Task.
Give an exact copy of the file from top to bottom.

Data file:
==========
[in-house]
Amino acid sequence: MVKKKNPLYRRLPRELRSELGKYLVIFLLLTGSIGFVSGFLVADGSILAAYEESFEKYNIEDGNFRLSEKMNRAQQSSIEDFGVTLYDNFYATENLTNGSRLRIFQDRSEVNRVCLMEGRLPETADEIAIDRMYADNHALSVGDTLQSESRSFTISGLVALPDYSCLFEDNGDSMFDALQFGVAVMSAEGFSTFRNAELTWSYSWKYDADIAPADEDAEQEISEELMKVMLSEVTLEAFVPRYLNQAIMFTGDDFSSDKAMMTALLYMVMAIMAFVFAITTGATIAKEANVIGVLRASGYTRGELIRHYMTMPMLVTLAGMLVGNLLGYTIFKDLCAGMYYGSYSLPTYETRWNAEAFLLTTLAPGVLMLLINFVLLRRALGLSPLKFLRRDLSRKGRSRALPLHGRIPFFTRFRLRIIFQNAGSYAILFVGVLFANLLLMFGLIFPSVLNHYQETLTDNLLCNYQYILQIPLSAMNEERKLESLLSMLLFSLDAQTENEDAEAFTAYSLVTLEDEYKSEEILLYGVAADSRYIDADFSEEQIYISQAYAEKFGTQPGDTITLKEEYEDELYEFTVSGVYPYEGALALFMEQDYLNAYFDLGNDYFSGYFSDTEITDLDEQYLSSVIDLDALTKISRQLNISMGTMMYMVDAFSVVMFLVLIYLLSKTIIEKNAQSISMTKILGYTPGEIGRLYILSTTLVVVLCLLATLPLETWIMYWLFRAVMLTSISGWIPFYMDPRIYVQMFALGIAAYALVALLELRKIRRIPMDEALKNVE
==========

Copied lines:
[in-house]
Amino acid sequence: MVKKKNPLYRRLPRELRSELGKYLVIFLLLTGSIGFVSGFLVADGSILAAYEESFEKYNIEDGNFRLSEKMNRAQQSSIEDFGVTLYDNFYATENLTNGSRLRIFQDRSEVNRVCLMEGRLPETADEIAIDRMYADNHALSVGDTLQSESRSFTISGLVALPDYSCLFEDNGDSMFDALQFGVAVMSAEGFSTFRNAELTWSYSWKYDADIAPADEDAEQEISEELMKVMLSEVTLEAFVPRYLNQAIMFTGDDFSSDKAMMTALLYMVMAIMAFVFAITTGATIAKEANVIGVLRASGYTRGELIRHYMTMPMLVTLAGMLVGNLLGYTIFKDLCAGMYYGSYSLPTYETRWNAEAFLLTTLAPGVLMLLINFVLLRRALGLSPLKFLRRDLSRKGRSRALPLHGRIPFFTRFRLRIIFQNAGSYAILFVGVLFANLLLMFGLIFPSVLNHYQETLTDNLLCNYQYILQIPLSAMNEERKLESLLSMLLFSLDAQTENEDAEAFTAYSLVTLEDEYKSEEILLYGVAADSRYIDADFSEEQIYISQAYAEKFGTQPGDTITLKEEYEDELYEFTVSGVYPYEGALALFMEQDYLNAYFDLGNDYFSGYFSDTEITDLDEQYLSSVIDLDALTKISRQLNISMGTMMYMVDAFSVVMFLVLIYLLSKTIIEKNAQSISMTKILGYTPGEIGRLYILSTTLVVVLCLLATLPLETWIMYWLFRAVMLTSISGWIPFYMDPRIYVQMFALGIAAYALVALLELRKIRRIPMDEALKNVE